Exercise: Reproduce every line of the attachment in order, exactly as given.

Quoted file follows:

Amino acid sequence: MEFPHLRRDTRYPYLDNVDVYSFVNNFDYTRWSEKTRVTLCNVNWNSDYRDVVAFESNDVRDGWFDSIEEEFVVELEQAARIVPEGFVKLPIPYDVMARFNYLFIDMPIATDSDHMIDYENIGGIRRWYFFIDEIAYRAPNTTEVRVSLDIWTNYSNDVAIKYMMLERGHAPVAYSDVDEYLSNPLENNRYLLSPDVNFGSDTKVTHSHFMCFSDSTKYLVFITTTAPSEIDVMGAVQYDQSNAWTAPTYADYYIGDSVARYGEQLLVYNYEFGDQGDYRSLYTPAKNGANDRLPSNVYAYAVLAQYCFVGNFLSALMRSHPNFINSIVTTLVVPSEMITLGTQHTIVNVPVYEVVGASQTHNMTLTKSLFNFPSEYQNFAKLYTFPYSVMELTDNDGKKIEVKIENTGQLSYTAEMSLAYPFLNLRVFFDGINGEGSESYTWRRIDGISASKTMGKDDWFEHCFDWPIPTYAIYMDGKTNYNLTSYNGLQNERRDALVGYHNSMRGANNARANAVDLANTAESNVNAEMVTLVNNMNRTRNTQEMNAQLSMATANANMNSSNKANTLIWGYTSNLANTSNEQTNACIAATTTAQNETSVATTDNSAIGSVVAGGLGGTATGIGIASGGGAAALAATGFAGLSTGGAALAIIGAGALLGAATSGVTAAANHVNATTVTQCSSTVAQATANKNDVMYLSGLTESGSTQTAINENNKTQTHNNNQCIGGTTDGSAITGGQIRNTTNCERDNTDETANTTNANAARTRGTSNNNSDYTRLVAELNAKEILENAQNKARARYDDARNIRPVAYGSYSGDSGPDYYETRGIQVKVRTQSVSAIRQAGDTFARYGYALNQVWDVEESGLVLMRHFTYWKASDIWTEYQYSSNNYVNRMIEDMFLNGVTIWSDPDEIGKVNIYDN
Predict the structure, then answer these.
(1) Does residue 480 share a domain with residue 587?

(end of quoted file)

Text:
Amino acid sequence: MEFPHLRRDTRYPYLDNVDVYSFVNNFDYTRWSEKTRVTLCNVNWNSDYRDVVAFESNDVRDGWFDSIEEEFVVELEQAARIVPEGFVKLPIPYDVMARFNYLFIDMPIATDSDHMIDYENIGGIRRWYFFIDEIAYRAPNTTEVRVSLDIWTNYSNDVAIKYMMLERGHAPVAYSDVDEYLSNPLENNRYLLSPDVNFGSDTKVTHSHFMCFSDSTKYLVFITTTAPSEIDVMGAVQYDQSNAWTAPTYADYYIGDSVARYGEQLLVYNYEFGDQGDYRSLYTPAKNGANDRLPSNVYAYAVLAQYCFVGNFLSALMRSHPNFINSIVTTLVVPSEMITLGTQHTIVNVPVYEVVGASQTHNMTLTKSLFNFPSEYQNFAKLYTFPYSVMELTDNDGKKIEVKIENTGQLSYTAEMSLAYPFLNLRVFFDGINGEGSESYTWRRIDGISASKTMGKDDWFEHCFDWPIPTYAIYMDGKTNYNLTSYNGLQNERRDALVGYHNSMRGANNARANAVDLANTAESNVNAEMVTLVNNMNRTRNTQEMNAQLSMATANANMNSSNKANTLIWGYTSNLANTSNEQTNACIAATTTAQNETSVATTDNSAIGSVVAGGLGGTATGIGIASGGGAAALAATGFAGLSTGGAALAIIGAGALLGAATSGVTAAANHVNATTVTQCSSTVAQATANKNDVMYLSGLTESGSTQTAINENNKTQTHNNNQCIGGTTDGSAITGGQIRNTTNCERDNTDETANTTNANAARTRGTSNNNSDYTRLVAELNAKEILENAQNKARARYDDARNIRPVAYGSYSGDSGPDYYETRGIQVKVRTQSVSAIRQAGDTFARYGYALNQVWDVEESGLVLMRHFTYWKASDIWTEYQYSSNNYVNRMIEDMFLNGVTIWSDPDEIGKVNIYDN
Predict the structure, then answer these.
(1) Does residue 480 share a domain with residue 587?